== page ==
My husband and I are struggling to see eye to eye on what I like to call the Equitable Division of Responsibility. This argument also masquerades under the unfortunate aliases of Why Are You Home From Work So Late?, Whose Fault is it the Kids are Late for Basketball?, and the real gut-kicker, What Exactly Do You Do All Day? We've been having these discussions since I had our first child six years ago and chose not to renew my contract as a special education teacher.
Being a stay-at-home mom is a double edged sword. In exchange for a complete disregard for privacy, I get the gift of time with my children. In exchange for the loss of a guaranteed shower, I get the flexibility to set up playdates for my kids (which of course are also playdates for me). In exchange for sitting in carpool lines four times a day, I get to participate in my kids' school parties and field trips. Now in my opinion, a working parent functions on an exchange system, too. In exchange for putting in a full stressful day at the office, Jason gets the liberty of riding in a car alone with no one screaming or fighting and with the radio blasting something other than the Laurie Berkner Band.
He also gets a guaranteed shower and can put on snazzy work clothes every morning. Okay, fine. I only envy the nice clothes thing every once in a while. My jeans and T-shirt days are kind of awesome. Tonight he was ever so bold as to tell me I looked like a "mom." What?!! "Like a pretty mom" was tagged on at the end when my face very clearly conveyed how I felt about being told I looked like a mom. I mean, my hair looked a little rough, but it's not like I was rocking Mom Jeans. But I digress...In exchange for doing something he loves and which supports our family, Jason misses out on some really good stuff with the kids. He counts on me to make up for that, but it doesn't always ease the guilt a parent feels when he wants to be there for his kids more than he is able.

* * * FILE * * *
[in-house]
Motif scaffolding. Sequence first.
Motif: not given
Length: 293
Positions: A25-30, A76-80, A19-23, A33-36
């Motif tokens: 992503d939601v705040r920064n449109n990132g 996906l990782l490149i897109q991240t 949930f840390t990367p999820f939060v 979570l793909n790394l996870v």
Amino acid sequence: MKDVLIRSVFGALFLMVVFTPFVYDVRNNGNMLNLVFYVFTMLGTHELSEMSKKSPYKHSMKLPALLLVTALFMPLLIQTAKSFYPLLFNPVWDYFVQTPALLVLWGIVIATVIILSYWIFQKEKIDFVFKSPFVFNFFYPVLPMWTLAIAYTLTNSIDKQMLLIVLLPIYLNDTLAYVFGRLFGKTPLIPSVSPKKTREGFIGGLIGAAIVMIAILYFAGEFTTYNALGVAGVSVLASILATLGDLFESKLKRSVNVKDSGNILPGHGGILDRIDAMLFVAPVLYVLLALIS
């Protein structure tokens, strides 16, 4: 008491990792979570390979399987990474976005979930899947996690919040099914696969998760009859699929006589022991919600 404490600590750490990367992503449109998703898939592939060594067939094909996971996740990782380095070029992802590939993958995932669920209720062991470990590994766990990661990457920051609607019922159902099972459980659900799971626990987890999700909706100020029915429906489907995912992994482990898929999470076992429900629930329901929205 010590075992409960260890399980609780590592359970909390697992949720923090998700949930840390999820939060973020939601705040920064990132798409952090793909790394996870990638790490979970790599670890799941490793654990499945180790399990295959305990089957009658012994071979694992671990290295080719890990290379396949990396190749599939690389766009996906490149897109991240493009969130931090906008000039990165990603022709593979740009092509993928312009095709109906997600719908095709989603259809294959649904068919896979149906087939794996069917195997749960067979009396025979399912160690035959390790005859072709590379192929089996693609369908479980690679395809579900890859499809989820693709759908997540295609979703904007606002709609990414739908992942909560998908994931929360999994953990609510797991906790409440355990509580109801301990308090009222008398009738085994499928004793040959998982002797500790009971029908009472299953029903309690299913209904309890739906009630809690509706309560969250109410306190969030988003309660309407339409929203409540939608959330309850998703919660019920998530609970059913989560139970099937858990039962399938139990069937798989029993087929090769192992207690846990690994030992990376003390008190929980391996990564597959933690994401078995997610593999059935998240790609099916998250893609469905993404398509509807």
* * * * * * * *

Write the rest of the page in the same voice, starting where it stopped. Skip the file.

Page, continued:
We may always have discussions over which parent bears a bigger burden, especially when one or both of is stressed or not feeling well. The truth is, I know how hard Jason works, and I believe he knows how hard I work, too. We've tried being a two income family, and it just didn't really work for us. I've swallowed the last of my feminist pride and embraced the fact we're happier as a family when I'm in a traditional role as "housewife." Neither of us wants to switch places with the other, but it still seems we're always looking for that perfect division of responsibility that leaves the other feeling validated and supported. Basically, I will always envy his ability to interact with adults on a daily basis, and he will probably always envy the flexibility of my schedule a little bit. Despite this fact, I still love him in the same stupid, sappy chick flick way I have for ten years. I'd say that's a pretty big accomplishment for a married couple with four little monkeys bouncing off of us every day.